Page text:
The massacre was so brutal it aroused indignation throughout Europe. Oliver Cromwell, then ruler in England, began petitioning on behalf of the Vaudois, writing letters, raising contributions, calling a general fast in England and threatening to send military forces to the rescue. The massacre prompted John Milton's famous poem on the Waldenses, "On the Late Massacre in Piedmont".[30] The resistance which lasted into the 1660s was then led by a farmer, Josué Janavel.[31]

Waldensian Church of Florence, Italy

In 1685 Louis XIV revoked the Edict of Nantes, which had guaranteed freedom of religion to his Protestant subjects in France. The cousin of Louis, The Duke of Savoy, Victor Amadeus II followed his uncle in removing the protection of Protestants in the Piedmont. In the renewed persecution, an edict decreed that all inhabitants of the Valleys should publicly announce their error in religion within fifteen days under penalty of death and banishment and the destruction of all the Vaudois churches. Armies of French and Piedmontese soldiers invaded the Valleys, laying them waste and perpetrating cruelties upon the inhabitants. A pastor Henri Arnaud sought help from William of Orange. He gathered a band of followers in Switzerland; and in 1689 made an attempt to regain their homes in the valleys.

After the French Revolution the Waldenses of Piedmont were assured liberty of conscience, and in 1848, the ruler of Savoy, King Charles Albert of Sardinia granted them civil rights. Copies of the Romaunt version of the Gospel of John were preserved in Paris and Dublin. The manuscripts were used as the basis of a work by Gilly published in 1848, in which it was related to the history of the New Testament in use by the Waldensians.[32] A group of Waldensians settled in the United States at Valdese, North Carolina.

Later denominations such as Anabaptists and Baptists also began to point to the Waldensians as an example of earlier Christians who were not a part of the Roman Catholic Church, and held beliefs similar to their own. The Mennonite book Martyrs Mirror lists them in this regard as it attempts to trace the history of believer's baptism back to the apostles. James Aitken Wylie (1808â1890) likewise believed that the Waldensians preserved the apostolic faith during the Middle Ages.[33] Still later, Seventh-day Adventist Ellen G. White taught that the Waldenses were preservers of biblical truth during the great apostasy of the Roman Catholic Church.[34] She believed that the Waldenses kept the seventh-day Sabbath, engaged in widespread missionary activity, and "planted the seeds of the Reformation" in Europe. There is evidence of seventh-day keeping by at least some Waldenses prior to and about the time of the Reformation [35][36]

Some Waldensians families joined Anabaptism. A group from North Italy fled to Switzerland for religious protection and then to Pennsylvania later on after becoming followers of Menno Simons. Some later migrate north to Canada [37] where some of the communities still exist.[38]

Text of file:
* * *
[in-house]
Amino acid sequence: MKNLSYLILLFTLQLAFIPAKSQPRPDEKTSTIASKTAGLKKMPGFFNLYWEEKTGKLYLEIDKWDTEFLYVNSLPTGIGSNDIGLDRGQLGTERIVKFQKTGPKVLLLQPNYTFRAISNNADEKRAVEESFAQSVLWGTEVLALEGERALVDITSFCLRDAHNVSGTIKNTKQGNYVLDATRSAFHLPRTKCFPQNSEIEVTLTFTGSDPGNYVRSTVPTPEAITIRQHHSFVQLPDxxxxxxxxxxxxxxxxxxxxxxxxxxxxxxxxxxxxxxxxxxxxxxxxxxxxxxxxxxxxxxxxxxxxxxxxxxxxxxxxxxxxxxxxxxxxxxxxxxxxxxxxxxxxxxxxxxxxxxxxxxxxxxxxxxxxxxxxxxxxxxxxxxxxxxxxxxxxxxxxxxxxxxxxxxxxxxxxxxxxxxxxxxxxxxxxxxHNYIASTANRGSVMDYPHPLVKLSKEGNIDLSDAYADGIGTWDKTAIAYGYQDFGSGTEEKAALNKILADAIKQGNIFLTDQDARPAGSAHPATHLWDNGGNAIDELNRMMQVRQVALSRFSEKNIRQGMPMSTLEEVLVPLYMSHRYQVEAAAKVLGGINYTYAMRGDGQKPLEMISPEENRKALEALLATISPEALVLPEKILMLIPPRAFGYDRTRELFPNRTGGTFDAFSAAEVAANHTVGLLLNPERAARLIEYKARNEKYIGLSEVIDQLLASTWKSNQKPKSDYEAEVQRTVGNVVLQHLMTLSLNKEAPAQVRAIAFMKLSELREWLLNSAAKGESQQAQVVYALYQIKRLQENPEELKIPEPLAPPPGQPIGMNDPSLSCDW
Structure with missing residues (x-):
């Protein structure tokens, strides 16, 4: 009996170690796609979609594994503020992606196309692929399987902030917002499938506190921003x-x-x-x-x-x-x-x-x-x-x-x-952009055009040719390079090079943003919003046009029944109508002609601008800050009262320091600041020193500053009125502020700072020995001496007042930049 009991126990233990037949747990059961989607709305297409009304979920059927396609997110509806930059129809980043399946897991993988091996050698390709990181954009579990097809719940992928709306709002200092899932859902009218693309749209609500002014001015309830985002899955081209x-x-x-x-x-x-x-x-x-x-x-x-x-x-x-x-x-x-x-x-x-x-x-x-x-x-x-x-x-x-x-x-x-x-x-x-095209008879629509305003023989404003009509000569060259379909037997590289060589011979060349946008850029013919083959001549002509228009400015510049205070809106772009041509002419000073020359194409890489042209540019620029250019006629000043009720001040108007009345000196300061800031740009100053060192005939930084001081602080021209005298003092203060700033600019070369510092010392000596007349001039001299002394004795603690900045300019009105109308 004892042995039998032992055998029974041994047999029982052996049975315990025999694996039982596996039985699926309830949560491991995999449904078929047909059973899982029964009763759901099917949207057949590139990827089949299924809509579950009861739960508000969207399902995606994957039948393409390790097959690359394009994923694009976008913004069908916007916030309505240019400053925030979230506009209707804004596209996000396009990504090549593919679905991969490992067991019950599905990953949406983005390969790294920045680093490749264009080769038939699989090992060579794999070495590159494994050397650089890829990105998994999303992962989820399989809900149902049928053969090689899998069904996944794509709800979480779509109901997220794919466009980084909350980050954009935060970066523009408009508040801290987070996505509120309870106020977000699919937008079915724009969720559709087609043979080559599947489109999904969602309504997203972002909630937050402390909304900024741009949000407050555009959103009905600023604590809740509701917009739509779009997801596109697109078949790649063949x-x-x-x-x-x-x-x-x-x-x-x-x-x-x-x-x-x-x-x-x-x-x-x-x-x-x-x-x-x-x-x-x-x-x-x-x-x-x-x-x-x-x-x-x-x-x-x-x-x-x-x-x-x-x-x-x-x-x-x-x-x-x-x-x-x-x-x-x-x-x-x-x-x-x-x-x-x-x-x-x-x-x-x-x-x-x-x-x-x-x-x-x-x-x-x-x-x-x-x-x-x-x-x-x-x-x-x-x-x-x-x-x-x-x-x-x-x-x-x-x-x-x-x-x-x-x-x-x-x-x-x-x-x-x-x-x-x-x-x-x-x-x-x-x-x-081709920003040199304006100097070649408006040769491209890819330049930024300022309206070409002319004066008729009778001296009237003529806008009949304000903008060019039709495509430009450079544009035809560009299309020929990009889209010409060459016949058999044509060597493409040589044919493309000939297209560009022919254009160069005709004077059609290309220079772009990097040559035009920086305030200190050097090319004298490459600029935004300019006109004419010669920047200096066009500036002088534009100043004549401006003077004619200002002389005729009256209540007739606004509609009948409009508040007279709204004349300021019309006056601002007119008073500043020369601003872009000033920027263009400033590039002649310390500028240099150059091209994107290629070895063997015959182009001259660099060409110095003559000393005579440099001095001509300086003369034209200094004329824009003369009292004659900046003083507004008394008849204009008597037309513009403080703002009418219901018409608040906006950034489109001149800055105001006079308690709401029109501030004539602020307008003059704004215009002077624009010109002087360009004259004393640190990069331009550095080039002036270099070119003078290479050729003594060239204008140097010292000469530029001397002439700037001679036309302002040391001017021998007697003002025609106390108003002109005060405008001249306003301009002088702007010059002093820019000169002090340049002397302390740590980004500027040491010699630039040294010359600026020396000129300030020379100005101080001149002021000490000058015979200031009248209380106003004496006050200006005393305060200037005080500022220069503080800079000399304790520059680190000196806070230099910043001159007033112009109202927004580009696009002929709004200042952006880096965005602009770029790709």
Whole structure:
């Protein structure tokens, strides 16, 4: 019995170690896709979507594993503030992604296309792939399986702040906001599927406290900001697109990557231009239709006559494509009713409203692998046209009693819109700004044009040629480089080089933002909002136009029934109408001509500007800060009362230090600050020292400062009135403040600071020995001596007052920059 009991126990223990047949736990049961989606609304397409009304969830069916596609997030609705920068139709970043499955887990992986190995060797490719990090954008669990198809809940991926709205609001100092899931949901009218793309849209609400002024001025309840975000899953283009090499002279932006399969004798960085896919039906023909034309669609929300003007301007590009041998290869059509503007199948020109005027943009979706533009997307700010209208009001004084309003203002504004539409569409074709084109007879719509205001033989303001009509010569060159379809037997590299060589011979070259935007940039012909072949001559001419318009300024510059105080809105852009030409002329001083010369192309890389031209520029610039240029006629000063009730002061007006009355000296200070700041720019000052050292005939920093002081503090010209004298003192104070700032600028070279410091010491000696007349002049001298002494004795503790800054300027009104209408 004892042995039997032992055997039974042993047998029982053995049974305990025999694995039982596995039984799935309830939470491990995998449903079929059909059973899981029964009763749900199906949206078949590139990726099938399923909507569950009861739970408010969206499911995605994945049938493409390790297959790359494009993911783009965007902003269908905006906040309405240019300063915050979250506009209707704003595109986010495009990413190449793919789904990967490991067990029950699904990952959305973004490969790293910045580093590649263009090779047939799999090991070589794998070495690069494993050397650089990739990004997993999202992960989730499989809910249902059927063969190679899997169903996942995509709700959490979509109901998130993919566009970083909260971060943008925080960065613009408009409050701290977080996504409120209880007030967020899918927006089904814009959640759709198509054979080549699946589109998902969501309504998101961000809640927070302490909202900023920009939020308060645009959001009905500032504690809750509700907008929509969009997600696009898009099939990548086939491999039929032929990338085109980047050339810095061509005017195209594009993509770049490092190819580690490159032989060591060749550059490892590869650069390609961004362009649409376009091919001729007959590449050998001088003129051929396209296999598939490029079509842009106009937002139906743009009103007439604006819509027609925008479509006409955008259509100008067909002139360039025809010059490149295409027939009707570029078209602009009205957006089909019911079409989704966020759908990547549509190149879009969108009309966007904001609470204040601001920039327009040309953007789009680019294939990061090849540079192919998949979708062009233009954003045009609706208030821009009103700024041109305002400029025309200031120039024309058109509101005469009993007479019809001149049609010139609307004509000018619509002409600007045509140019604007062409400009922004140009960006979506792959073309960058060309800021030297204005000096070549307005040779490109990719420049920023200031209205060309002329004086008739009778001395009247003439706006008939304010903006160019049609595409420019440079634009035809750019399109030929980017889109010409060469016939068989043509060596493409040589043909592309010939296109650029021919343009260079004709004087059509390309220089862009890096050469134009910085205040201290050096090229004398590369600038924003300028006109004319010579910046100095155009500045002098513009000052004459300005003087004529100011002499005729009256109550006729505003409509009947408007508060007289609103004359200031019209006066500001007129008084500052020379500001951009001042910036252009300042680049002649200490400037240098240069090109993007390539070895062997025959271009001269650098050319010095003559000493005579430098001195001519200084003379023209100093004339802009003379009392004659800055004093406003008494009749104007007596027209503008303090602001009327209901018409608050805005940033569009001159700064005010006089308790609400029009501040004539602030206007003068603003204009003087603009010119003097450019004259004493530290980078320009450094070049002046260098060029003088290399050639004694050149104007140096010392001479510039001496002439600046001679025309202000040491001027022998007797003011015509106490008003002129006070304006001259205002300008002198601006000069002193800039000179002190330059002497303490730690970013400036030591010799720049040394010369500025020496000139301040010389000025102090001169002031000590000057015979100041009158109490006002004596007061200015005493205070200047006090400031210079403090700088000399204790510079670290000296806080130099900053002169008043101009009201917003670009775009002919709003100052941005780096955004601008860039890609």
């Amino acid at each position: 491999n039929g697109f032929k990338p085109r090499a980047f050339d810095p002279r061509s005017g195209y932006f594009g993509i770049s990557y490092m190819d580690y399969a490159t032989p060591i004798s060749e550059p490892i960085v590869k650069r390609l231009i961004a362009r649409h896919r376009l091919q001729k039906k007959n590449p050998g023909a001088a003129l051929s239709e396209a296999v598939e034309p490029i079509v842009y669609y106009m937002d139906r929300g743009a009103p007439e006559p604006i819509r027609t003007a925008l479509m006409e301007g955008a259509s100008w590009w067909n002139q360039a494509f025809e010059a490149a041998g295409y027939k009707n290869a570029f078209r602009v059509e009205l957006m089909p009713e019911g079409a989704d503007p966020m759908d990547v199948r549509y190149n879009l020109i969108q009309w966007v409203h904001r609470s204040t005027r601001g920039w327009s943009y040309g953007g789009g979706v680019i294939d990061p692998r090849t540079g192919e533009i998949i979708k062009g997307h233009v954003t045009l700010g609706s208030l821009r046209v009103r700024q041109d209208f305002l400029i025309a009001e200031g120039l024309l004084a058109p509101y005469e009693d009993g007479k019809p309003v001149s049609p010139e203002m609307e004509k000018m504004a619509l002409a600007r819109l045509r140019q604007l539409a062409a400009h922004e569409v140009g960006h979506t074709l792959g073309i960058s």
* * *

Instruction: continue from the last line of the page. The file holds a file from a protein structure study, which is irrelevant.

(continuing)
Today, the Waldensian Church is included in the Alliance of Reformed Churches of the Presbyterian Order.

[edit] Waldensians by region

[edit] Italy

The Waldensian Church in Milan, built in 1949, incorporates materials from the demolished gothic church of San Giovanni in Conca.

In 1848, after many centuries of harsh persecution, the Waldensians (as well as the Jews) acquired legal freedom in the Kingdom of Piedmont-Sardinia as a result of the liberalising reforms which followed Charles Albert of Sardinia's granting a constitution (the Statuto Albertino). Subsequently the Waldensian Evangelical Church, as it became known, developed and spread through the Italian peninsula.

The Waldensian church was able to gain converts by building schools in some of the poorer regions of Italy, including Sicily. There is still a Waldensian church in the town of Grotte, Province of Agrigento at the southwest part of the island.[citation needed]

During the Nazi occupation of North Italy in the Second World War, Italian Waldensians were active in saving Jews faced with imminent extermination, hiding many of them in the same mountain valley where their own Waldensian ancestors had found refuge in earlier generations.

In 1975 the Waldensian Church joined the Italian Methodist Church to form the Union of Waldensian and Methodist Churches, which is a member of the World Council of Churches, of the World Alliance of Reformed Churches and of the World Methodist Council. It has 50,000 members (45,000 Waldensians, of whom 30,000 in Italy and some 15,000 divided between Argentina and Uruguay, and 5,000 Methodists).